The foil was invented in the middle of the 18th century as a
training weapon in order to practice fast and elegant thrust
fencing. Fencers blunted the point by wrapping a foil around the
blade or fastening a knob on the point. Another factor in the target
area is that foil rules are derived from a period when dueling to
the death was the norm. Hence, the target area is the torso,
where the vital organs are.
The épée evolved from civilian weapons such as the 17th century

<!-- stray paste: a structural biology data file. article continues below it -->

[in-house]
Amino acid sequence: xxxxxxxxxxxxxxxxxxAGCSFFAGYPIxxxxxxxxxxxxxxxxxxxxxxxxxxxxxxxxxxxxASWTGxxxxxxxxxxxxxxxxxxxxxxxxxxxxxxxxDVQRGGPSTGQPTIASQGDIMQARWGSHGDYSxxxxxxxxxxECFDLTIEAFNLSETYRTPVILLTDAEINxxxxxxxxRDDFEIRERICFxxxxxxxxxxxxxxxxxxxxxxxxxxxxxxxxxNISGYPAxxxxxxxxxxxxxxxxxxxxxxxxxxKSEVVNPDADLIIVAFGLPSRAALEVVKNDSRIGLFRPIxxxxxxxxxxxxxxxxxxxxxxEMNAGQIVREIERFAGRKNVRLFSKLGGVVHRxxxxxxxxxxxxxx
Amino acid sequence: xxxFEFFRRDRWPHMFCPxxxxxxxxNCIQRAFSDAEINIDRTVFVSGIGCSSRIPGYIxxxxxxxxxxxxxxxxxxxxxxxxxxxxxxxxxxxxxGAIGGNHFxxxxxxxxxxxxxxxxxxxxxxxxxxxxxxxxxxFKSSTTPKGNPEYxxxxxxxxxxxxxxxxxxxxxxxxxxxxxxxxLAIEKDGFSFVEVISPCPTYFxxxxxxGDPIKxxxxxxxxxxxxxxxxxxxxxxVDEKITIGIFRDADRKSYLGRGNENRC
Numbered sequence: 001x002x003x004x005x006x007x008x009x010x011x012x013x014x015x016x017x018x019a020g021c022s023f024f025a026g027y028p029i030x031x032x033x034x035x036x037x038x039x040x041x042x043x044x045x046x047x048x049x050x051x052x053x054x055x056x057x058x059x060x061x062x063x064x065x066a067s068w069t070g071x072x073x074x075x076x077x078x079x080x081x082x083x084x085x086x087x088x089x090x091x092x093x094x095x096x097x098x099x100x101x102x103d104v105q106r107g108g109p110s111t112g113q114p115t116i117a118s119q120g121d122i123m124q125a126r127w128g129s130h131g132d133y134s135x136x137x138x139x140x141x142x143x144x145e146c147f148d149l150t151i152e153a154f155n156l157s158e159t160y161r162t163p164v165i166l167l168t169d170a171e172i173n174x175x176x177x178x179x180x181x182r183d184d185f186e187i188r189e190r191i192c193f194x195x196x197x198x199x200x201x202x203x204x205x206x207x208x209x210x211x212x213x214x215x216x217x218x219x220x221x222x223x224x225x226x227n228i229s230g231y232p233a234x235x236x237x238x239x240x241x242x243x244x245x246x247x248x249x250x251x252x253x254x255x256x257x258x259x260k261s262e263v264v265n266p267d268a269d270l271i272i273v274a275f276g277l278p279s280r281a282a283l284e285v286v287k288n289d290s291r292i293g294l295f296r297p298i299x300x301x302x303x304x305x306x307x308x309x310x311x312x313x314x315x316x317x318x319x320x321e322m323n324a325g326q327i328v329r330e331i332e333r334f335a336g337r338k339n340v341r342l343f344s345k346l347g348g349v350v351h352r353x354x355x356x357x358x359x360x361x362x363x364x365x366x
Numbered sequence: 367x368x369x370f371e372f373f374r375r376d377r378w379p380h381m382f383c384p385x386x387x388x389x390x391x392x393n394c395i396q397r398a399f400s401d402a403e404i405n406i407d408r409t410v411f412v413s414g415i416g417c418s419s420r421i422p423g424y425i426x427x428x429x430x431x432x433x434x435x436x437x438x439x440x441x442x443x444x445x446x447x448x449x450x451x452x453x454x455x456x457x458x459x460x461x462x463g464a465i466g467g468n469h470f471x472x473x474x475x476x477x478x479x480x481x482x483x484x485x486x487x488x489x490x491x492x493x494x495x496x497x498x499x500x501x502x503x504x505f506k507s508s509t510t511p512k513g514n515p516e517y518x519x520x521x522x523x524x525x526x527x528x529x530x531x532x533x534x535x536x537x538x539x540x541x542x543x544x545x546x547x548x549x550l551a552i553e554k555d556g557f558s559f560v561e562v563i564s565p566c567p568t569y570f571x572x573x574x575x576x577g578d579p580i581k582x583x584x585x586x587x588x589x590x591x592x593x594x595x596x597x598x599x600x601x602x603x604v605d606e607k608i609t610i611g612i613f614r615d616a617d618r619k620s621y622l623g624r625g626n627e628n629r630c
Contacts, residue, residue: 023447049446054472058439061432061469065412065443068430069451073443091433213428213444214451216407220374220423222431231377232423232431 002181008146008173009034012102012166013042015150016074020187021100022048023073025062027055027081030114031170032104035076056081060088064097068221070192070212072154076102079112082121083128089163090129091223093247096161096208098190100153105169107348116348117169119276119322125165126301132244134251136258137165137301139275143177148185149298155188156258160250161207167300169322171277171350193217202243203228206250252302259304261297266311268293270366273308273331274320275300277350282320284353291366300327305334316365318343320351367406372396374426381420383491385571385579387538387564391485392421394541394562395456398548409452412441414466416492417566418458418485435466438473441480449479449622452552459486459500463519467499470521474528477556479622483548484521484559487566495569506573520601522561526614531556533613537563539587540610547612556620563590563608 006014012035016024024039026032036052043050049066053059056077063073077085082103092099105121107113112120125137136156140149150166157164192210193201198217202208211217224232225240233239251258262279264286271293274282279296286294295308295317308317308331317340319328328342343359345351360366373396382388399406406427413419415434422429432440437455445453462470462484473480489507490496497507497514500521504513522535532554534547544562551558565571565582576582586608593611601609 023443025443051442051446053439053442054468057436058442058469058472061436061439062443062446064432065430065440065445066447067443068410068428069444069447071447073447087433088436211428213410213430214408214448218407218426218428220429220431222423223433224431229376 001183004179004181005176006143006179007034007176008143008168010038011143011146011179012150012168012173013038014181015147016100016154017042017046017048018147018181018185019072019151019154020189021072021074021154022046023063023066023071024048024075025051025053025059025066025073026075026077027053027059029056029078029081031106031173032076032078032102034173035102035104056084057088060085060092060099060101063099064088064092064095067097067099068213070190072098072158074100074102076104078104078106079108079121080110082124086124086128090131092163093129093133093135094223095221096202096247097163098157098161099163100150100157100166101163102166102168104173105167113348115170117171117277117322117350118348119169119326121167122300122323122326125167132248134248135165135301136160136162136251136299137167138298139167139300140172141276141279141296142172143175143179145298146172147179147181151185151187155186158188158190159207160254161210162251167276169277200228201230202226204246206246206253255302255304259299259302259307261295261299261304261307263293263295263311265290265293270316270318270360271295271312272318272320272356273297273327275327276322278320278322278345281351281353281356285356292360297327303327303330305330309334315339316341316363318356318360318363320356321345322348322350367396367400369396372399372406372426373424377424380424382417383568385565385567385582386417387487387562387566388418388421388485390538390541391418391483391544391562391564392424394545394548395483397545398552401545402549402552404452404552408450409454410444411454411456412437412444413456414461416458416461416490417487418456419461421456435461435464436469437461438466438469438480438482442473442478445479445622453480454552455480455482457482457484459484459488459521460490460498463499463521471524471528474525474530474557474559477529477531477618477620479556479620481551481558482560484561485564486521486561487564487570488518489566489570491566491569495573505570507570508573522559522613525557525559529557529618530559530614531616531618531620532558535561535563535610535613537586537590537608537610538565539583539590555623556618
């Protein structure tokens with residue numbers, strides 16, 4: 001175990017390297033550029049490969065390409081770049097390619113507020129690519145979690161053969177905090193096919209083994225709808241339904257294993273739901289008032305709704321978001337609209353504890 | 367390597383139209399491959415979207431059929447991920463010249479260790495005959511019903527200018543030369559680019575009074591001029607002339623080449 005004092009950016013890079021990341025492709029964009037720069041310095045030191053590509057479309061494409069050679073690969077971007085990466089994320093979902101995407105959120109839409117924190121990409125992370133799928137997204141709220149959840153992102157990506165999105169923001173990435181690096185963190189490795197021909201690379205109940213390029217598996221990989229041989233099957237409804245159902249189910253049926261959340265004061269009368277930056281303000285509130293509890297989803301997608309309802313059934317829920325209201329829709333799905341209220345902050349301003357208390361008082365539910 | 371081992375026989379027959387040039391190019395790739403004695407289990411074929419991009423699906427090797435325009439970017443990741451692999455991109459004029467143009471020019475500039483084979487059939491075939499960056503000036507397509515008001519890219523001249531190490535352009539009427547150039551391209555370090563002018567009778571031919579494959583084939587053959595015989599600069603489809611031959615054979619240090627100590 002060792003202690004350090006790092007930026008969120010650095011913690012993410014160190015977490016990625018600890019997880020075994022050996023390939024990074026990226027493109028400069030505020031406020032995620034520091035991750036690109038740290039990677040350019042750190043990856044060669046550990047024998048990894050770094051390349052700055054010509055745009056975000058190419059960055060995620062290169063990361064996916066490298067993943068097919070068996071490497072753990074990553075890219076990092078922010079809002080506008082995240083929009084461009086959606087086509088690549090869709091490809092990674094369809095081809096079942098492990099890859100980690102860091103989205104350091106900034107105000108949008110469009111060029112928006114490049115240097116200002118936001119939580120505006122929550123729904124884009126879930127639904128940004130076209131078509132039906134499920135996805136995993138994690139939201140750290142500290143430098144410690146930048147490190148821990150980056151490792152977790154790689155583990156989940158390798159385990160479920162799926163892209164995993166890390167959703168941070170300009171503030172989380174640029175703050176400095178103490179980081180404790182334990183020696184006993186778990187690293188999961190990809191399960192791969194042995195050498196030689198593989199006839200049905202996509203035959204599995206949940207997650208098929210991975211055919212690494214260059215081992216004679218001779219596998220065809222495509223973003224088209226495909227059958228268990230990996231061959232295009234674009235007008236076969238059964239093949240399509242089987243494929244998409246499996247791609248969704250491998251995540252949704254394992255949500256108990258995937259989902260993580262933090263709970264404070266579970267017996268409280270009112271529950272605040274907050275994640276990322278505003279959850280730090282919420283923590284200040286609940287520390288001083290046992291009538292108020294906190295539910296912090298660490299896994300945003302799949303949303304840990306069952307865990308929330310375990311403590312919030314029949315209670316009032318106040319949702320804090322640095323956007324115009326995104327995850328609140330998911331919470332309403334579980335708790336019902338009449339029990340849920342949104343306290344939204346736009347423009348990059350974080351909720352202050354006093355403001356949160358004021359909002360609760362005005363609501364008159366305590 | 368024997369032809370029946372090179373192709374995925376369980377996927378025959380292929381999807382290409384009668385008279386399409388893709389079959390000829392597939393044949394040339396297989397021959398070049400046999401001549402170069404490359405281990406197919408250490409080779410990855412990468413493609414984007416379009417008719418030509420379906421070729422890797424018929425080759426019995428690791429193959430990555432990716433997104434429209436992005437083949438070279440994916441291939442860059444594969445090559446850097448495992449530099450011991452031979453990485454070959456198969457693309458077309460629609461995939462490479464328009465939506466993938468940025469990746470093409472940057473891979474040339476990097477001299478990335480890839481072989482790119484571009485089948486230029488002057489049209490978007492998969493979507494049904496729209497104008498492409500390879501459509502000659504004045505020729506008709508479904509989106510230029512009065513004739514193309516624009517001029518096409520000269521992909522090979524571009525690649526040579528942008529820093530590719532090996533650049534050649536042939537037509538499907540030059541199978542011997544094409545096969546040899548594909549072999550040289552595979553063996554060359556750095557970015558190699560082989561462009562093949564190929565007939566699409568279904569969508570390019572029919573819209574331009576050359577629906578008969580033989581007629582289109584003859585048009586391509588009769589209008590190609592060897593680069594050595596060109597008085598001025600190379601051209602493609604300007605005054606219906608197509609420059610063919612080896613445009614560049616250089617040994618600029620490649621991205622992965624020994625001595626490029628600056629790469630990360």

small sword. The épée developed when authorities in the 19th
century decided that they did not like the killing aspect of the duel
and changed it to a "first blood" event. This required much more
skill, as a nick on the wrist or other exposed area could end the
duel. Today’s épée fencing very much resembles the 19th century
dueling’s “first blood”.
The saber was originally a heavy curved sword used by cavalry
soldiers. Over the centuries, the blade has become much lighter
and thinner and perfectly straight. The guard completely covers
the hand. The target area for saber bouts is anywhere above the
waist (which is reminiscent of horseback days).